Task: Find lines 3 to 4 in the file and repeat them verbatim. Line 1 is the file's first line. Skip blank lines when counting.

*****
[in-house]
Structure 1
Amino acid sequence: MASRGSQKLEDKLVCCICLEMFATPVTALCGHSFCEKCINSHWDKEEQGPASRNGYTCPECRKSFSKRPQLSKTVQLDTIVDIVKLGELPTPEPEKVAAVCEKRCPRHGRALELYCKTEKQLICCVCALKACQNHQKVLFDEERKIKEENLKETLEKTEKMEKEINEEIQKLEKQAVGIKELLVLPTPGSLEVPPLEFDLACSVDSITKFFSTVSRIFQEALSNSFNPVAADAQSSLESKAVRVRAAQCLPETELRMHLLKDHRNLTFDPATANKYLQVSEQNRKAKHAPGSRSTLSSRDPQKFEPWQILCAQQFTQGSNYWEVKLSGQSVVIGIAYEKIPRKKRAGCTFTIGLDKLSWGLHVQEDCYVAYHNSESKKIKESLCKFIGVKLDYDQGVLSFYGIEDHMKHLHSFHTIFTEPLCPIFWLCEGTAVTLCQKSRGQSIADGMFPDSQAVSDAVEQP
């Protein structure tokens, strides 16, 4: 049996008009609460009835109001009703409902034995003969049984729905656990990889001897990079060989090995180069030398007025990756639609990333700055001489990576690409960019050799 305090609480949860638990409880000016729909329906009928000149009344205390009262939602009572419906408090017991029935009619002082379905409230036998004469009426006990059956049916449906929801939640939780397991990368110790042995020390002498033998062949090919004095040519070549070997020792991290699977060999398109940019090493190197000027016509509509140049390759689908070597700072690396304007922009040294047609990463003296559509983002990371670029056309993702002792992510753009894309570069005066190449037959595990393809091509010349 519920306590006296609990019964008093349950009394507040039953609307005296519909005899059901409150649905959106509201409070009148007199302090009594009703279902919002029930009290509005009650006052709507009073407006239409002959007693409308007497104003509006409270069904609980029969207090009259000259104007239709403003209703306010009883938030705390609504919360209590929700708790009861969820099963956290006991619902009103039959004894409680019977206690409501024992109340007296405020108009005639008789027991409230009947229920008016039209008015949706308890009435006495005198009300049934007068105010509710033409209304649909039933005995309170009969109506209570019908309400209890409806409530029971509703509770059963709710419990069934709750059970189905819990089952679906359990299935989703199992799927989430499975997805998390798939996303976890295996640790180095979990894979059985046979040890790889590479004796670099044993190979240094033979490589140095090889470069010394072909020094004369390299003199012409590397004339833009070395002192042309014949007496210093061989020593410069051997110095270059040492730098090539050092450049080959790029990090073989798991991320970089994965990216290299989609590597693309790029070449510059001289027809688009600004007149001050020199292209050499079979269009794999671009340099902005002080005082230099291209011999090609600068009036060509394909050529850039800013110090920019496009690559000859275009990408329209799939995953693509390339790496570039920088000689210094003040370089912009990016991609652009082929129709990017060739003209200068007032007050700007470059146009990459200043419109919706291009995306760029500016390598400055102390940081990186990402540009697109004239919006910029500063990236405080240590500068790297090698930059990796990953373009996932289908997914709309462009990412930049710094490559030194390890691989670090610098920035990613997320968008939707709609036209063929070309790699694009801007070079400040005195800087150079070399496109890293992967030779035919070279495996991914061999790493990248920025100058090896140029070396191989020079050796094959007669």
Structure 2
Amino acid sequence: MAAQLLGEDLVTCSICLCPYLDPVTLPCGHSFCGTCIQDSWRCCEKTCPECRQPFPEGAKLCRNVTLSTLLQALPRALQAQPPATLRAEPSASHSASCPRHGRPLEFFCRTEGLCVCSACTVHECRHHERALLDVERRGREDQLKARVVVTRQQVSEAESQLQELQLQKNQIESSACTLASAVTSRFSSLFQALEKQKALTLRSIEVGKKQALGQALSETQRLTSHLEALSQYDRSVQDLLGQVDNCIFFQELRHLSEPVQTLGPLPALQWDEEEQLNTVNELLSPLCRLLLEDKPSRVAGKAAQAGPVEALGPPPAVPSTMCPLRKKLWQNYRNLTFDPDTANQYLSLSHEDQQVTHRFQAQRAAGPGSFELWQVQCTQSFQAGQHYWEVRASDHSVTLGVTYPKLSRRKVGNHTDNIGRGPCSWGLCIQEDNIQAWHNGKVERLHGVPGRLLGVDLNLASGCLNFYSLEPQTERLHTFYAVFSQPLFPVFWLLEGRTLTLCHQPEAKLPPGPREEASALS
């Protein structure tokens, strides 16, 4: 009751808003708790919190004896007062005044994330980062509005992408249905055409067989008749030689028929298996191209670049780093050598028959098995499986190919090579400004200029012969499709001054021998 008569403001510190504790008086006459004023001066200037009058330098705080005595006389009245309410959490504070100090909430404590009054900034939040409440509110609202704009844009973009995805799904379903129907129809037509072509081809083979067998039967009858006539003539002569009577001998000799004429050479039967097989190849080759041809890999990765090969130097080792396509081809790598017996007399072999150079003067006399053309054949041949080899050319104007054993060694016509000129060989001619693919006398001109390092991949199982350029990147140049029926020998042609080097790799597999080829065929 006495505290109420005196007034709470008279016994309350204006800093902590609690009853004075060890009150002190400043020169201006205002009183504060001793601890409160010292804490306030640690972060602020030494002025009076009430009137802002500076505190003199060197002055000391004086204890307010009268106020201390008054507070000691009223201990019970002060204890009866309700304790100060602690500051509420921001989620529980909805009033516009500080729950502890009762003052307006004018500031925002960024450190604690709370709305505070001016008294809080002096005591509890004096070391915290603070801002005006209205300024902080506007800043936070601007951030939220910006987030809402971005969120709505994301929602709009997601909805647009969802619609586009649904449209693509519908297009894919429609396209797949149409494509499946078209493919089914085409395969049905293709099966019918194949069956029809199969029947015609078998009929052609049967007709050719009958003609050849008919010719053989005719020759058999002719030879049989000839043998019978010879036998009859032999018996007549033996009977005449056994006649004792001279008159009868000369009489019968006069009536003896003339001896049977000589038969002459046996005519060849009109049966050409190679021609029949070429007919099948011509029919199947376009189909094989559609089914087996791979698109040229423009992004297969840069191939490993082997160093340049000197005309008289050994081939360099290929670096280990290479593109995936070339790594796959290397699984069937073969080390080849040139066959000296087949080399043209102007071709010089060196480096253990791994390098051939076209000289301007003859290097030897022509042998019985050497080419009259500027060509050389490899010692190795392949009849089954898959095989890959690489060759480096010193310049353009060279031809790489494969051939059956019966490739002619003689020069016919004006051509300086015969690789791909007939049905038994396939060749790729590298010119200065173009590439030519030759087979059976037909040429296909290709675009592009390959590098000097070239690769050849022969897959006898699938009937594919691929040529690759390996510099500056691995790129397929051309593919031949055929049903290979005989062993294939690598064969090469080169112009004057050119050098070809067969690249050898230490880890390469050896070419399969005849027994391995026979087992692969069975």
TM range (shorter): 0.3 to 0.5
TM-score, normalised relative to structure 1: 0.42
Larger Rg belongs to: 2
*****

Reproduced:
Amino acid sequence: MASRGSQKLEDKLVCCICLEMFATPVTALCGHSFCEKCINSHWDKEEQGPASRNGYTCPECRKSFSKRPQLSKTVQLDTIVDIVKLGELPTPEPEKVAAVCEKRCPRHGRALELYCKTEKQLICCVCALKACQNHQKVLFDEERKIKEENLKETLEKTEKMEKEINEEIQKLEKQAVGIKELLVLPTPGSLEVPPLEFDLACSVDSITKFFSTVSRIFQEALSNSFNPVAADAQSSLESKAVRVRAAQCLPETELRMHLLKDHRNLTFDPATANKYLQVSEQNRKAKHAPGSRSTLSSRDPQKFEPWQILCAQQFTQGSNYWEVKLSGQSVVIGIAYEKIPRKKRAGCTFTIGLDKLSWGLHVQEDCYVAYHNSESKKIKESLCKFIGVKLDYDQGVLSFYGIEDHMKHLHSFHTIFTEPLCPIFWLCEGTAVTLCQKSRGQSIADGMFPDSQAVSDAVEQP
């Protein structure tokens, strides 16, 4: 049996008009609460009835109001009703409902034995003969049984729905656990990889001897990079060989090995180069030398007025990756639609990333700055001489990576690409960019050799 305090609480949860638990409880000016729909329906009928000149009344205390009262939602009572419906408090017991029935009619002082379905409230036998004469009426006990059956049916449906929801939640939780397991990368110790042995020390002498033998062949090919004095040519070549070997020792991290699977060999398109940019090493190197000027016509509509140049390759689908070597700072690396304007922009040294047609990463003296559509983002990371670029056309993702002792992510753009894309570069005066190449037959595990393809091509010349 519920306590006296609990019964008093349950009394507040039953609307005296519909005899059901409150649905959106509201409070009148007199302090009594009703279902919002029930009290509005009650006052709507009073407006239409002959007693409308007497104003509006409270069904609980029969207090009259000259104007239709403003209703306010009883938030705390609504919360209590929700708790009861969820099963956290006991619902009103039959004894409680019977206690409501024992109340007296405020108009005639008789027991409230009947229920008016039209008015949706308890009435006495005198009300049934007068105010509710033409209304649909039933005995309170009969109506209570019908309400209890409806409530029971509703509770059963709710419990069934709750059970189905819990089952679906359990299935989703199992799927989430499975997805998390798939996303976890295996640790180095979990894979059985046979040890790889590479004796670099044993190979240094033979490589140095090889470069010394072909020094004369390299003199012409590397004339833009070395002192042309014949007496210093061989020593410069051997110095270059040492730098090539050092450049080959790029990090073989798991991320970089994965990216290299989609590597693309790029070449510059001289027809688009600004007149001050020199292209050499079979269009794999671009340099902005002080005082230099291209011999090609600068009036060509394909050529850039800013110090920019496009690559000859275009990408329209799939995953693509390339790496570039920088000689210094003040370089912009990016991609652009082929129709990017060739003209200068007032007050700007470059146009990459200043419109919706291009995306760029500016390598400055102390940081990186990402540009697109004239919006910029500063990236405080240590500068790297090698930059990796990953373009996932289908997914709309462009990412930049710094490559030194390890691989670090610098920035990613997320968008939707709609036209063929070309790699694009801007070079400040005195800087150079070399496109890293992967030779035919070279495996991914061999790493990248920025100058090896140029070396191989020079050796094959007669």